Syria's Assad threatens north offensive as south assault looms
Syria's president has threatened that regime forces could storm the north of the country to recapture areas out of its control, as a major offensive looms in the south.
Bashar al-Assad made the remarks in an interview aired on Sunday with Russian state-run NTV television channel.
"We're going to attack them and take control by force, which is not our favorable way, but it's the only way to gain control of the country," Assad said, responding to question about the "occupation" of northern Syria.
"We adopted two ways: the first one and the main one was the reconciliation," he added.
Much of Syria's north is controlled by a US-backed alliance dominated by the Kurdish People's Protection Units (YPG) and Turkey-backed rebel forces.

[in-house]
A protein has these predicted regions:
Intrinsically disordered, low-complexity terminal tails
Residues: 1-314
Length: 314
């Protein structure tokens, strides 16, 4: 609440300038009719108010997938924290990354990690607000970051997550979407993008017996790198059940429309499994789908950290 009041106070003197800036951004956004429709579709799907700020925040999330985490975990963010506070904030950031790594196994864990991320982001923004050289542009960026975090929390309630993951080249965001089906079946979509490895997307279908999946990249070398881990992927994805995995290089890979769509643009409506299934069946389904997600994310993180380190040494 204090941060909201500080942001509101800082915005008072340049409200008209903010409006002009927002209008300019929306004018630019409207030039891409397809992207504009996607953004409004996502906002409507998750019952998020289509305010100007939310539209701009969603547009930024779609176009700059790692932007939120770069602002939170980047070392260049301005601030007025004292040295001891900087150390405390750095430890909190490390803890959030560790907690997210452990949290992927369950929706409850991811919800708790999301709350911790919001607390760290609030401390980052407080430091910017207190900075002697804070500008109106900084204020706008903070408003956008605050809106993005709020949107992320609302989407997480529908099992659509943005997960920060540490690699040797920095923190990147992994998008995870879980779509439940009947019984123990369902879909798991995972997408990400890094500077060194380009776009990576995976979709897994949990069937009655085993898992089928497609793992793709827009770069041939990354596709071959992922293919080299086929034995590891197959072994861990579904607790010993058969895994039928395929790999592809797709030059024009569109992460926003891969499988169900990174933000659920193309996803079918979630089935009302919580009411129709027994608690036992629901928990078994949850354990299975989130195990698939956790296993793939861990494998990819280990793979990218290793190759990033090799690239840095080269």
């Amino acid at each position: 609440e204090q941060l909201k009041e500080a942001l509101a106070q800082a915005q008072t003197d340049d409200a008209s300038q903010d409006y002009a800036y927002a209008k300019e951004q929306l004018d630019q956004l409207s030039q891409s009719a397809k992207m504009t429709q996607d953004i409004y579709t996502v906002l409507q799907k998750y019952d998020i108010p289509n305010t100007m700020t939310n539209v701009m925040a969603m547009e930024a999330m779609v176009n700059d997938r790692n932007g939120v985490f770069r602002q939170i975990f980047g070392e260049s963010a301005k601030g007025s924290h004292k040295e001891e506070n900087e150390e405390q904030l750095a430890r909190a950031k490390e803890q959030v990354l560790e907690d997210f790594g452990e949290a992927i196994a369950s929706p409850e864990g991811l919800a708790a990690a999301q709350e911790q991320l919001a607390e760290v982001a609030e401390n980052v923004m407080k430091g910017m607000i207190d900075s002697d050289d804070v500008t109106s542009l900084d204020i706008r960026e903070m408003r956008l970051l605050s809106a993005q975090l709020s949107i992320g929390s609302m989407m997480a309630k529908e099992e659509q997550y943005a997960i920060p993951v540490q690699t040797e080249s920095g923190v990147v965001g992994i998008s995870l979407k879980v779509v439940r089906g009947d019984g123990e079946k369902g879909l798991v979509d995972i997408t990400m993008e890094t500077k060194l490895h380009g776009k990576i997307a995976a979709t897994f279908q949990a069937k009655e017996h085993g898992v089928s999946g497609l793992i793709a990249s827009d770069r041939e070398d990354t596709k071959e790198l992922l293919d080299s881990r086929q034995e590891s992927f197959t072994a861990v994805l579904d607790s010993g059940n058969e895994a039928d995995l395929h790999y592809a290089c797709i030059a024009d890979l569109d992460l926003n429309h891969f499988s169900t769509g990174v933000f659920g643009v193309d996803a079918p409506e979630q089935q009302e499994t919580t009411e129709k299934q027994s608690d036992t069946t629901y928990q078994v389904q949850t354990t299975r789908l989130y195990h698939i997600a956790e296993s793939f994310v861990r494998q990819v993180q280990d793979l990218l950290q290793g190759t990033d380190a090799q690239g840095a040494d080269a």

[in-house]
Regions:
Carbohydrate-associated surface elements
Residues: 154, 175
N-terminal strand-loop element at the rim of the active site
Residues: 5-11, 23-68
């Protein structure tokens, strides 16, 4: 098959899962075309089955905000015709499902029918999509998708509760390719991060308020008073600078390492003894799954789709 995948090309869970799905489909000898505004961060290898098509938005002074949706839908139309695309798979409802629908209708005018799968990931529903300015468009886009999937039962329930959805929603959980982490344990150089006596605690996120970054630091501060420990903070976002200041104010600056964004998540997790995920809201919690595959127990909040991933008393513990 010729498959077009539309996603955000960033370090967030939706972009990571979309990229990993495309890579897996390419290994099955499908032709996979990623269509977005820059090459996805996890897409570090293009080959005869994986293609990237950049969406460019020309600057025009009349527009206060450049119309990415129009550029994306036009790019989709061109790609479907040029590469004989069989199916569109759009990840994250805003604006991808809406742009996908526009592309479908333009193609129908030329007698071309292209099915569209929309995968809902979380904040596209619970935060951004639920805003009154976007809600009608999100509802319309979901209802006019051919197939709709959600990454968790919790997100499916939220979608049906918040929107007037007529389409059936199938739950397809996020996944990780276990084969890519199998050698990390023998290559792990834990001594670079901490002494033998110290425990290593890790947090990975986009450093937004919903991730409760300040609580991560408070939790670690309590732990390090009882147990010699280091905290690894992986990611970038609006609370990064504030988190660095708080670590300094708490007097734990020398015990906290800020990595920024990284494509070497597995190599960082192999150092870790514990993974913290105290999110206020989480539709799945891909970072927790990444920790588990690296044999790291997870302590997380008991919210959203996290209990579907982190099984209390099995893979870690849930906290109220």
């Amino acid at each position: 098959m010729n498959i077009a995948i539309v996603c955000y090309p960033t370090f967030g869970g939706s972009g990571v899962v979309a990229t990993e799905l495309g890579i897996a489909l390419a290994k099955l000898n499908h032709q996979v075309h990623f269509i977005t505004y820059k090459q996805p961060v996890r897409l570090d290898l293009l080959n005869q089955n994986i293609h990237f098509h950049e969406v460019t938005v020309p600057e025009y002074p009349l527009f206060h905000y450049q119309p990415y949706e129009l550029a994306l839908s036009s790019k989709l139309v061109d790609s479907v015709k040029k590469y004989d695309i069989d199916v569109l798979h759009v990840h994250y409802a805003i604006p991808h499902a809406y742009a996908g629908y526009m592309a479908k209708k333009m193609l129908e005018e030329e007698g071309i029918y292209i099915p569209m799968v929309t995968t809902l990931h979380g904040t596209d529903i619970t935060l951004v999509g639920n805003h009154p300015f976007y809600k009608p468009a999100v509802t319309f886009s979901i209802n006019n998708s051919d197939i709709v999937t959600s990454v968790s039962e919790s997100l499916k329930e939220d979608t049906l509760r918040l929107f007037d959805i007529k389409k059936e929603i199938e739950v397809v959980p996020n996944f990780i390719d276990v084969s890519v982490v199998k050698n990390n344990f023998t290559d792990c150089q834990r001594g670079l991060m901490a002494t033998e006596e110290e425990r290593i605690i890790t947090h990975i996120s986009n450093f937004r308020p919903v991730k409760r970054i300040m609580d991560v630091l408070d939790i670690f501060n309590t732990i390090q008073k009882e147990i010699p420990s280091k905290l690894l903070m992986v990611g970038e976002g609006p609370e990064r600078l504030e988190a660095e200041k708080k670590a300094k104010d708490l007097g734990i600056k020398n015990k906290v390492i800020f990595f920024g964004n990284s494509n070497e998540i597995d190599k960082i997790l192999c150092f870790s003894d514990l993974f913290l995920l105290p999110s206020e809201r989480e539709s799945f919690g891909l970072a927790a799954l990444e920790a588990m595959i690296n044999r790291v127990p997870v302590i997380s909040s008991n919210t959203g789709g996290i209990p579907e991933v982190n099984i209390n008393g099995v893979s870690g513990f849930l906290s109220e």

The northern city of Manbij is held by the YPG, but Ankara considers them "terrorists" and has threatened to attack the city.
The comments come as Russia-backed regime forces been preparing for weeks for an offensive to retake Syria's south, a strategic zone that borders both Jordan and the Israeli-occupied Golan Heights.
On Saturday, Russian warplanes began bombing the rebel-held zone for the first time since summer 2017.
During the sit-down interview, Assad also said he was undecided on running for another presidential term.
"There are two factors here: the first one is my wish, and it proceeds from the second factor - the will of the Syrian people," he said.
Rebels have long demanded that Assad must step down before any peace deal can be reached.